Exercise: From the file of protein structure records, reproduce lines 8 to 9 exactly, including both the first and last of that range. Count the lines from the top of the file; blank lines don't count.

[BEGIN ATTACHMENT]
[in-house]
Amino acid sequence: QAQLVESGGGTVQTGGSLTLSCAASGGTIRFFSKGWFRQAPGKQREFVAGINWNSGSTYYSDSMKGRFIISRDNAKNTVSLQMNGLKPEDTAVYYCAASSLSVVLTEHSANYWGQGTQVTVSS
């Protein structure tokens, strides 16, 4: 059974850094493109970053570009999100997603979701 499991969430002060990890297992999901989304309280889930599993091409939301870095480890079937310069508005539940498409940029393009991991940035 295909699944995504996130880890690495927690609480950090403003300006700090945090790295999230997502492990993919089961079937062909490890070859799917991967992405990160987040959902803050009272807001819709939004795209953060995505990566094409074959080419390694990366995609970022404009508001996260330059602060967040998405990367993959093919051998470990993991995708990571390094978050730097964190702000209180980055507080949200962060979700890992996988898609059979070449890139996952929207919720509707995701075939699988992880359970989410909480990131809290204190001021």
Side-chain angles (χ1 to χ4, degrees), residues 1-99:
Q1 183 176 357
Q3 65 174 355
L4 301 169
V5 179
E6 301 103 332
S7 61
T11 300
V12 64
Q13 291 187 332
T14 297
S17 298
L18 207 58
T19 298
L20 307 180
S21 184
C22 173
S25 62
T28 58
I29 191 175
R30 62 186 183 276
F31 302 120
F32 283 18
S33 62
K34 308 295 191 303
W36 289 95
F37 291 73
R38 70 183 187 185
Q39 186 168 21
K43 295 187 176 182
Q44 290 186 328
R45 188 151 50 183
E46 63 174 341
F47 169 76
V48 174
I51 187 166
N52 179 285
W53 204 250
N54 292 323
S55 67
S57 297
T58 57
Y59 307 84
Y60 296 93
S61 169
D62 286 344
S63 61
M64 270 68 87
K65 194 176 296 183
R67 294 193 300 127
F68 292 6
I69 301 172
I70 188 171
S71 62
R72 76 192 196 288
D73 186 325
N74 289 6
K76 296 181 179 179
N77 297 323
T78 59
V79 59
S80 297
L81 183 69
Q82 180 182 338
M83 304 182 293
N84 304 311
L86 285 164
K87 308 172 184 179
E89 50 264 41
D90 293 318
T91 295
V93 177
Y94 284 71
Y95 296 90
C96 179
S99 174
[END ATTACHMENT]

V5 179
E6 301 103 332